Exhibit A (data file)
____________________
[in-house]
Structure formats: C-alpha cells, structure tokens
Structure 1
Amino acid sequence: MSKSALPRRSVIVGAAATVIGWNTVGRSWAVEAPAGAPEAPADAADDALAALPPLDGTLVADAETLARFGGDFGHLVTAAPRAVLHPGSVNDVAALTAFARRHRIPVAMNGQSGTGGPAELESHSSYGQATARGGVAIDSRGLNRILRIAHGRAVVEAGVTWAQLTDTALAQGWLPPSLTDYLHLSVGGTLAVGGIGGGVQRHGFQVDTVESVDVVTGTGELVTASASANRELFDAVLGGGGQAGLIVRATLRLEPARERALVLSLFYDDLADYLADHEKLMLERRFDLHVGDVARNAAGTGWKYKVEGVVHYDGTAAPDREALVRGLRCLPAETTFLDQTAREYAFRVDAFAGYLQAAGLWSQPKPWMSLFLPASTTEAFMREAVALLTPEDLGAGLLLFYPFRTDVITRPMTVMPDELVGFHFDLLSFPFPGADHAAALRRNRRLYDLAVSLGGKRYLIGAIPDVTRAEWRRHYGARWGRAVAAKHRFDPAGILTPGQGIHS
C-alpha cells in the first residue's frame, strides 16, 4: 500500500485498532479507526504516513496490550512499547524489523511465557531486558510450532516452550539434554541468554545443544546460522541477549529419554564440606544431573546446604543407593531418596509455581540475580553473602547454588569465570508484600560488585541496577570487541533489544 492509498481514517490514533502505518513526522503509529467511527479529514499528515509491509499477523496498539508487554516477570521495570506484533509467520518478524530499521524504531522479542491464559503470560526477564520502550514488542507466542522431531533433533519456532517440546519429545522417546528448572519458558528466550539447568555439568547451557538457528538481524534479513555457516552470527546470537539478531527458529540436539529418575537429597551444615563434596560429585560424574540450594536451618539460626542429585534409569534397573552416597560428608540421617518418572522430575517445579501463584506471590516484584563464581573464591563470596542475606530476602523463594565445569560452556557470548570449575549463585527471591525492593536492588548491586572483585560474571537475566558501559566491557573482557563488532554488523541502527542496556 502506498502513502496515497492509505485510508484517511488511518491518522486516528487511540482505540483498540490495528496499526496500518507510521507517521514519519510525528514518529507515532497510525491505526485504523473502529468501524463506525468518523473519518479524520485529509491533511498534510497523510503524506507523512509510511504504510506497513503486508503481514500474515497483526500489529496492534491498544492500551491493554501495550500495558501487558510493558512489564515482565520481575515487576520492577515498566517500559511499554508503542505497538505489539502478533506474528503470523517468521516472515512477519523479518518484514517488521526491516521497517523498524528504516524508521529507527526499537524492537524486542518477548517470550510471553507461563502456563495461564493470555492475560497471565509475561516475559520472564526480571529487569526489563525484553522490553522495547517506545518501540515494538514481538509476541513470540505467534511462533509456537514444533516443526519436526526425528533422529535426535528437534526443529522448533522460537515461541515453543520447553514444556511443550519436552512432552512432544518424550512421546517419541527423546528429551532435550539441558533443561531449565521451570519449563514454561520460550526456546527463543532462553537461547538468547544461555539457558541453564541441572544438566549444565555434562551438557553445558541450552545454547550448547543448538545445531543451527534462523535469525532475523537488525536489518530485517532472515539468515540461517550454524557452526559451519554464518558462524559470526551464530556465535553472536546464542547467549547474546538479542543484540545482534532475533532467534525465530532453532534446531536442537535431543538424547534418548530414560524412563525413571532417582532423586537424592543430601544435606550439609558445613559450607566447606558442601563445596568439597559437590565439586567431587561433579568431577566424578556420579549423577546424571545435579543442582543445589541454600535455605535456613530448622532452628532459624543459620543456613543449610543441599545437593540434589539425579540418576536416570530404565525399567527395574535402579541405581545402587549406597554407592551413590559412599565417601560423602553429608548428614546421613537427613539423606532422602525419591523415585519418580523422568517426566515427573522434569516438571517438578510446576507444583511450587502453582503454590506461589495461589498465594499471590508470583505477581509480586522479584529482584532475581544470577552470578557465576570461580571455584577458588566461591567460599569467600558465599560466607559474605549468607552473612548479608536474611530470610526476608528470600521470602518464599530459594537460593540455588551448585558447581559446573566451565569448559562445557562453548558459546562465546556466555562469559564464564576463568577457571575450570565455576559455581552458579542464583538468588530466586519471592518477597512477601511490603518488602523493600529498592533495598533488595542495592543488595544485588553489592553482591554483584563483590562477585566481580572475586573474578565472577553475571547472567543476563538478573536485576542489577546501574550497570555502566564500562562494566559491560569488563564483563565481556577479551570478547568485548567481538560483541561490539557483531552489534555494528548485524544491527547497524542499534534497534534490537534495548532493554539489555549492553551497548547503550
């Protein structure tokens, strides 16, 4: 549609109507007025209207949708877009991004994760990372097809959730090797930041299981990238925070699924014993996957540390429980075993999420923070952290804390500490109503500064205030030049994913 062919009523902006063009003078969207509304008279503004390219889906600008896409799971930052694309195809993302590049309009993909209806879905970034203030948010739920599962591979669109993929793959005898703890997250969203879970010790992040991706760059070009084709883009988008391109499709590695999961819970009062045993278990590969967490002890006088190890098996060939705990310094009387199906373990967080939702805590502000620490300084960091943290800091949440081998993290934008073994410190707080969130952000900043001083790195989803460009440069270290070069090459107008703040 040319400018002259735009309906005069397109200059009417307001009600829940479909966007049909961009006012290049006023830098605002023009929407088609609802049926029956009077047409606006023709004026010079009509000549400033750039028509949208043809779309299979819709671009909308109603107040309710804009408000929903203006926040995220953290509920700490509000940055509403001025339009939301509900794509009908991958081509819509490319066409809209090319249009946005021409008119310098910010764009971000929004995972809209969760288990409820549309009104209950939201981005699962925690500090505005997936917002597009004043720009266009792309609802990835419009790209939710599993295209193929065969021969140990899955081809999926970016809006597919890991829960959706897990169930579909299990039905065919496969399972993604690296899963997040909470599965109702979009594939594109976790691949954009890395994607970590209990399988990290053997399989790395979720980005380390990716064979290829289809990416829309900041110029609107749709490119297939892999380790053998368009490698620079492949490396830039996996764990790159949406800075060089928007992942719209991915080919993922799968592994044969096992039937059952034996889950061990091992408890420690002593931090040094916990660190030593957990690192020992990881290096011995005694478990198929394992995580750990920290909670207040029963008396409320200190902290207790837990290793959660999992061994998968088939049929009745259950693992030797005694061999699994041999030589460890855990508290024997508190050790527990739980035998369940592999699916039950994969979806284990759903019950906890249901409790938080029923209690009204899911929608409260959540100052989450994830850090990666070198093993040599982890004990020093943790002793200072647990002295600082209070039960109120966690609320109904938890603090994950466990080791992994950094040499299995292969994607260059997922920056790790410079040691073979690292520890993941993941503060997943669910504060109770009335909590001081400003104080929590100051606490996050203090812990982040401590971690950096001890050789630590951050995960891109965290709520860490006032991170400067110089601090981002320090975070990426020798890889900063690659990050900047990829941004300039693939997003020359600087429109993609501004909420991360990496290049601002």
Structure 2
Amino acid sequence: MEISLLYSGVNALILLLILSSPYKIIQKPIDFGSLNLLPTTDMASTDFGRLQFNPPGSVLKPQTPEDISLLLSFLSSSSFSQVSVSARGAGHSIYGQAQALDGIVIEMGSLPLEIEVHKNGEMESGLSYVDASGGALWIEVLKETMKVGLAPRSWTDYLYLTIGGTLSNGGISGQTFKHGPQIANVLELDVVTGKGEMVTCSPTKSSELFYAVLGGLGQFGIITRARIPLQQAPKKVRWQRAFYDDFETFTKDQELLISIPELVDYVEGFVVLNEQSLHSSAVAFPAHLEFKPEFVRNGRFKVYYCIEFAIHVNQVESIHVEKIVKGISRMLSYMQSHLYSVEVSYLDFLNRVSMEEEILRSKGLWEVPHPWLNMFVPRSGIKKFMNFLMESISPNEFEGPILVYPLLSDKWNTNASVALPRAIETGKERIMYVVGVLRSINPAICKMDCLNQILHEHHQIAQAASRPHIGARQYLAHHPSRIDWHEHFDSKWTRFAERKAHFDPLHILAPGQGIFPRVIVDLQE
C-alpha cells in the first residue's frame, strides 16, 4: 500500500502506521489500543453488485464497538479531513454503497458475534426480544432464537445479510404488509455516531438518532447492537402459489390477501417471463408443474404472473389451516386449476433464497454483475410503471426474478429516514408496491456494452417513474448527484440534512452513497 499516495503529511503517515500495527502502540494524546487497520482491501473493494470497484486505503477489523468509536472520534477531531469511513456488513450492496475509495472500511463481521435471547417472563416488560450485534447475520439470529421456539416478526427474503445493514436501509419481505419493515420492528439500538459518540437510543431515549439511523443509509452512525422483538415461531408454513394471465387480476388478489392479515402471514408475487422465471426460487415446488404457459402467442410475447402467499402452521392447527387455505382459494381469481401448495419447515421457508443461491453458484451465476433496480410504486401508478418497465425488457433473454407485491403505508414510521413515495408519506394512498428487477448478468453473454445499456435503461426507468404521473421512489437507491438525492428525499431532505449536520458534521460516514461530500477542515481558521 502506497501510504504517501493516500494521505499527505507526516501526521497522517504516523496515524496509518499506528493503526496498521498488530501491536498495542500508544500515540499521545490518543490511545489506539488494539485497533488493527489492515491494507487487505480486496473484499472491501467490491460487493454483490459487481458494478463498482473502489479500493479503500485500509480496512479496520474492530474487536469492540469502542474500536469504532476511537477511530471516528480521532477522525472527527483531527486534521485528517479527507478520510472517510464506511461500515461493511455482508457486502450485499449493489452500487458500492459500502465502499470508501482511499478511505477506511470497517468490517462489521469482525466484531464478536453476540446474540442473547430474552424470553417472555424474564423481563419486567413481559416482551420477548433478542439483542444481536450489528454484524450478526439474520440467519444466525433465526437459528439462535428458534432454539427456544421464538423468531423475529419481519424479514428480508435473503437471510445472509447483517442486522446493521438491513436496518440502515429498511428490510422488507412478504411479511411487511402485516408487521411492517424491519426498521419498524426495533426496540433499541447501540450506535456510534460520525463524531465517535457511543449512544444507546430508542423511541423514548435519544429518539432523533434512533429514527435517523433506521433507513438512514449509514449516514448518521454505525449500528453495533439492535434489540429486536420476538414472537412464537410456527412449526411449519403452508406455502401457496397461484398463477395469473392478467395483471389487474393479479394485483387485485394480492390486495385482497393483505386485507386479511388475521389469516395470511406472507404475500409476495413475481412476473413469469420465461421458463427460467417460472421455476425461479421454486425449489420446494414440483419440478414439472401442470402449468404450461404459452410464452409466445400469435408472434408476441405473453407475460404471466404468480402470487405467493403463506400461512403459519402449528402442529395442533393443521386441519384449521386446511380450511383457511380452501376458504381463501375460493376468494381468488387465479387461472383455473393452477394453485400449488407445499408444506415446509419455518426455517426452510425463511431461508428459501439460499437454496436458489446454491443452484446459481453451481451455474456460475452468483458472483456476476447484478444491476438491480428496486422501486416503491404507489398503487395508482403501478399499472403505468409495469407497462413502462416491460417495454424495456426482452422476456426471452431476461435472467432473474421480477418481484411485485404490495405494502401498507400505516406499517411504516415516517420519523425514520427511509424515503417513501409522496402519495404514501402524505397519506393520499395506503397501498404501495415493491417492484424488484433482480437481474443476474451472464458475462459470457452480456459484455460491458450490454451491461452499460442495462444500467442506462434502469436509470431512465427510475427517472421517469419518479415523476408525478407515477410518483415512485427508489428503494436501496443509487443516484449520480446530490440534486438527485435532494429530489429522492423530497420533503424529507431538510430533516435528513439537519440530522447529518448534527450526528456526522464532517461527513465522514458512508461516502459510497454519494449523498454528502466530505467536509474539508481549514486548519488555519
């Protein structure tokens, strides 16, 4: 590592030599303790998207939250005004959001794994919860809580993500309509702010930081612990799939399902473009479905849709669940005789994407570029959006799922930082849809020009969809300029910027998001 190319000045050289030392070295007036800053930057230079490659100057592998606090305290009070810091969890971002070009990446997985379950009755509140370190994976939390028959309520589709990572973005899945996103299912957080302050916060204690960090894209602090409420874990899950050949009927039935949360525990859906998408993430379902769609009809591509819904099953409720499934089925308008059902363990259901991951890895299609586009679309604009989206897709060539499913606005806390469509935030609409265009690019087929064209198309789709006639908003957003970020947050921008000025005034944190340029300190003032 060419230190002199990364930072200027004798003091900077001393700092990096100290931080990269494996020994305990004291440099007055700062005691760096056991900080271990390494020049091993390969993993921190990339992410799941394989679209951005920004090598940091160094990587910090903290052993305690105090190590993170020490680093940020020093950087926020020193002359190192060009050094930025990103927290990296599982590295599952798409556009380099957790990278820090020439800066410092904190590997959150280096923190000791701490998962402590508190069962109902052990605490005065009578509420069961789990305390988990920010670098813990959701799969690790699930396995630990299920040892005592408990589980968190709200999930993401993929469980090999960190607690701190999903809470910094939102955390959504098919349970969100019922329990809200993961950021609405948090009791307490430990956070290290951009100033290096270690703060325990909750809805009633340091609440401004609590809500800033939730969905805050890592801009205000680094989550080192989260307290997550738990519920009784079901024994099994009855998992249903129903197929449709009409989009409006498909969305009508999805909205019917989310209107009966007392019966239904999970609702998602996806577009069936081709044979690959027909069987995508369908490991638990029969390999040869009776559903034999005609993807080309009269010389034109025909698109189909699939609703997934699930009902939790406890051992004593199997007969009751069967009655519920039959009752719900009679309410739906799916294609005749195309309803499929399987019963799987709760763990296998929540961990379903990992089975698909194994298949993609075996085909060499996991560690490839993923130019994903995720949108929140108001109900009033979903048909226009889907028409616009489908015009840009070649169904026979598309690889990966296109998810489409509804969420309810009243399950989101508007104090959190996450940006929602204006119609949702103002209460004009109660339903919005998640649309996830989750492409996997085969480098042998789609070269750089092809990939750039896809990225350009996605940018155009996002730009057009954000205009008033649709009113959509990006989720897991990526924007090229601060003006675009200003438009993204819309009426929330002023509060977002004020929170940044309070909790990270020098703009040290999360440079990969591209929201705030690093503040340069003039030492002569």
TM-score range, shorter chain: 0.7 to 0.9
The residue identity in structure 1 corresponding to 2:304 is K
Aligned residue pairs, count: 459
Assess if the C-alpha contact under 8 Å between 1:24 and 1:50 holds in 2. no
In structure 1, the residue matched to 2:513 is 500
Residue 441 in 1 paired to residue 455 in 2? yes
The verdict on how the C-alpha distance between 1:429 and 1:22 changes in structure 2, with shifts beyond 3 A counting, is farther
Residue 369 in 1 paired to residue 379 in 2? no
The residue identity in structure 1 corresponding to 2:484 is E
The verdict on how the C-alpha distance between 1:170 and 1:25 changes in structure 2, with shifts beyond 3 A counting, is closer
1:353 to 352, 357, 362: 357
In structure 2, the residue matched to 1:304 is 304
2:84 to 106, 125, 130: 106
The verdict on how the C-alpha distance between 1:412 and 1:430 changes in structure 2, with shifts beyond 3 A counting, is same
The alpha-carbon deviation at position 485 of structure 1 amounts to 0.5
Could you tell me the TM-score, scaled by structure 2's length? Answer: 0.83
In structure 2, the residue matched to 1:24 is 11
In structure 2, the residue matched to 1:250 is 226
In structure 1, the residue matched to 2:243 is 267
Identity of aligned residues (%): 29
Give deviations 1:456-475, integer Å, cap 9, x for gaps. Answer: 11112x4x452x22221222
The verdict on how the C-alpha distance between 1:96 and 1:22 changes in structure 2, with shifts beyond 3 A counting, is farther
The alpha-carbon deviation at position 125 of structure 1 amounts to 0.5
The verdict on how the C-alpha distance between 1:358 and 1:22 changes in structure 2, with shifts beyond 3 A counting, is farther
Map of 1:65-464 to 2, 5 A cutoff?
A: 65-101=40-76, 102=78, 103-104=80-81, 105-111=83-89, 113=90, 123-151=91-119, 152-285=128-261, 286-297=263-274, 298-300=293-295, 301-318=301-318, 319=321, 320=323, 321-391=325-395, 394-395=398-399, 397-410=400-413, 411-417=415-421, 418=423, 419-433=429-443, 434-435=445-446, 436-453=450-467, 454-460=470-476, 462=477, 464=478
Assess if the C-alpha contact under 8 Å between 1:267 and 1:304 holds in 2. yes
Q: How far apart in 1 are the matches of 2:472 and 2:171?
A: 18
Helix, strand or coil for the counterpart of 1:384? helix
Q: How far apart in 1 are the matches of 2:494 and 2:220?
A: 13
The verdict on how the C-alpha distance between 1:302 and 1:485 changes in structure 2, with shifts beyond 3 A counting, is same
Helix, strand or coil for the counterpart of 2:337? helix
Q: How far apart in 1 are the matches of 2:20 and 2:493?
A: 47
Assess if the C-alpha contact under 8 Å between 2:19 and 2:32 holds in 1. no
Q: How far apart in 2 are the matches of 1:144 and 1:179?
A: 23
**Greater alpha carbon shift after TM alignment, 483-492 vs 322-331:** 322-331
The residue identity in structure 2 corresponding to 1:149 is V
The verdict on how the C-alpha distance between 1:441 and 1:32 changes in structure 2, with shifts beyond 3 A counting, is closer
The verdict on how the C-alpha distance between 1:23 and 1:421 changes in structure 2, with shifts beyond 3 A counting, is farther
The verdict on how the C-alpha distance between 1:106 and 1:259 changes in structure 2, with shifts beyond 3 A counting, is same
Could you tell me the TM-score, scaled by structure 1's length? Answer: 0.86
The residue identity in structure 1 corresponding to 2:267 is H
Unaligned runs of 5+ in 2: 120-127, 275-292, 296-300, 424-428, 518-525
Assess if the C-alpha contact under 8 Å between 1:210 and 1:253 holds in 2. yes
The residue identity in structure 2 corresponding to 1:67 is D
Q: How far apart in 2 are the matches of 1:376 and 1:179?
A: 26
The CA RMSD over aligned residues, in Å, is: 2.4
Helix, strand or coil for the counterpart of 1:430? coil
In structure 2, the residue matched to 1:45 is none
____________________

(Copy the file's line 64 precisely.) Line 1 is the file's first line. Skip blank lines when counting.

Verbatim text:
In structure 2, the residue matched to 1:45 is none